To get to school every morning, 17-year-old Khadija has to walk an hour down a rocky road under the blazing sun to Morocco’s southern coastal city of El Jadida—some 20 kilometers from her small village. Her determination to make that daily trip, however, is a recent development. Khadija admits she had considered dropping out of school on numerous occasions. “I live farther than the other girls from the school, and there was no one to walk with me on my route. I felt isolated, and didn’t want to talk to any of my classmates,” she confides. When her teacher suggested she join the Life Skills Club at her school, she accepted, even though she had little faith it would make a difference. “I didn’t really have a goal in life. When you live here, you lose hope. Also, I never thought my parents would let me go into town to finish my studies,” she explains. “You know how it is here; young girls have to stay at home to help with household chores.”
Joining the Club, however, changed Khadija’s feelings of isolation and despair, and gave her the confidence she needed to move forward in her life. From her first visit there, Khadija felt she belonged. The Club, which uses the International Youth Foundation’s Passport to Success® curriculum, helps equip young people with important life and employability skills, including effective communication, problem solving, teamwork, and responsibility. “I quickly got rid of the obstacles that were holding me back,” she says. “I was so happy that finally someone was interested in young girls like me in the countryside. I fit right into the group and grew real friendships thanks to the Club—which allowed me to feel less alone.”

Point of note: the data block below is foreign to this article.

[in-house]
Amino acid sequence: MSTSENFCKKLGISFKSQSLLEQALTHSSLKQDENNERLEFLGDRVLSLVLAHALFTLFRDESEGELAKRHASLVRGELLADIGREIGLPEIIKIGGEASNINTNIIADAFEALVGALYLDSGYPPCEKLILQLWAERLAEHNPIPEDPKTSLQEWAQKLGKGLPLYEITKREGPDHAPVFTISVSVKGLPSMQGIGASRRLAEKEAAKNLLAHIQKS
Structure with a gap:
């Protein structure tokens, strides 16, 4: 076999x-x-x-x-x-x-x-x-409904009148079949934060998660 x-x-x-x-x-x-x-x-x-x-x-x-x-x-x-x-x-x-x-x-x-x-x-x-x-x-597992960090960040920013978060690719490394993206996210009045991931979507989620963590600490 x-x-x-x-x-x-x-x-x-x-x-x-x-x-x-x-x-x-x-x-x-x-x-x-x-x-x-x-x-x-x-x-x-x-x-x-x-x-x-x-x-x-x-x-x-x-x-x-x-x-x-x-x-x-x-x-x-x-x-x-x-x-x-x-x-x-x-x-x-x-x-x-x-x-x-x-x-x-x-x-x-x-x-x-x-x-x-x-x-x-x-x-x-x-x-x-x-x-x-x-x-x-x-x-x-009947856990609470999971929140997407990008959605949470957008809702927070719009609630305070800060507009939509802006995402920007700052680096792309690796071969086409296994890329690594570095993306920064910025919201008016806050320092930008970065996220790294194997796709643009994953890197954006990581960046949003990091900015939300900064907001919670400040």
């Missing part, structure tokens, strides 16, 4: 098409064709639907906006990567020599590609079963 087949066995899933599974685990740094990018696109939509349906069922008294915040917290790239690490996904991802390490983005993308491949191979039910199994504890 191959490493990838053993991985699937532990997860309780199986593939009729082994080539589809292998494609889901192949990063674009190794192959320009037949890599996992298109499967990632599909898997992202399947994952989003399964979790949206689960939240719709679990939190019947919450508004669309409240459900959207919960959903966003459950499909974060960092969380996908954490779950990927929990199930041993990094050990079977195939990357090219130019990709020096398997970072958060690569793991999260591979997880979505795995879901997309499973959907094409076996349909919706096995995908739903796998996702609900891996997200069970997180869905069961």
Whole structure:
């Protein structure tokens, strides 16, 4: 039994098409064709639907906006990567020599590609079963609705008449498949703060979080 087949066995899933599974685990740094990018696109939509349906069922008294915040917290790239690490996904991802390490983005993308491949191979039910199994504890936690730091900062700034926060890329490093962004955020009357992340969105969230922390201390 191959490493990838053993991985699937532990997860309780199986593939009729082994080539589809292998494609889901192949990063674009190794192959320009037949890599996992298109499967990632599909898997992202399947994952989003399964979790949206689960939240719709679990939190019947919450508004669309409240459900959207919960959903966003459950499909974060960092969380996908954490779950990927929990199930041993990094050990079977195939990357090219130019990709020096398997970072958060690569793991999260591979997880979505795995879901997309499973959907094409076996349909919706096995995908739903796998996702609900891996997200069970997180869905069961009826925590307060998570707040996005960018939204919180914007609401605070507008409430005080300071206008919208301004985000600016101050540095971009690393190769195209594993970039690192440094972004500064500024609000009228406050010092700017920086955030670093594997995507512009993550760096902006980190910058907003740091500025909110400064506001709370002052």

Khadija was also excited to share what she’d learned with her family. “At home, I often imitate the teacher. I teach my mother, who is illiterate, how to manage her time and her budget,” she says. “And even my brothers and sisters have changed. Today when we eat together, we’ve learned to listen to one another. Before it was chaotic; everyone talked at the same time and no one listened to each other.”
Khadija’s father, a local farmer, looks with new admiration at his daughter. “She’s growing,” he says. “She asserts herself. Before, I was scared to let her go by herself into town. Now I feel she is capable of doing it.” His daughter agrees she has changed. “I feel like I’m really 17 years old. I’ve matured,” Khadija says. “Before, when I saw all the girls from the town I didn’t like them. Today, having talked about it with others at the Club meetings, I don’t judge them anymore. I feel I can face them, and command their respect.” Khadija plans to be a doctor one day—an ambitious goal that reflects a new level of confidence and purpose in her life.
Next school year, she is looking forward to making that long walk into town every morning. This time, to attend high school.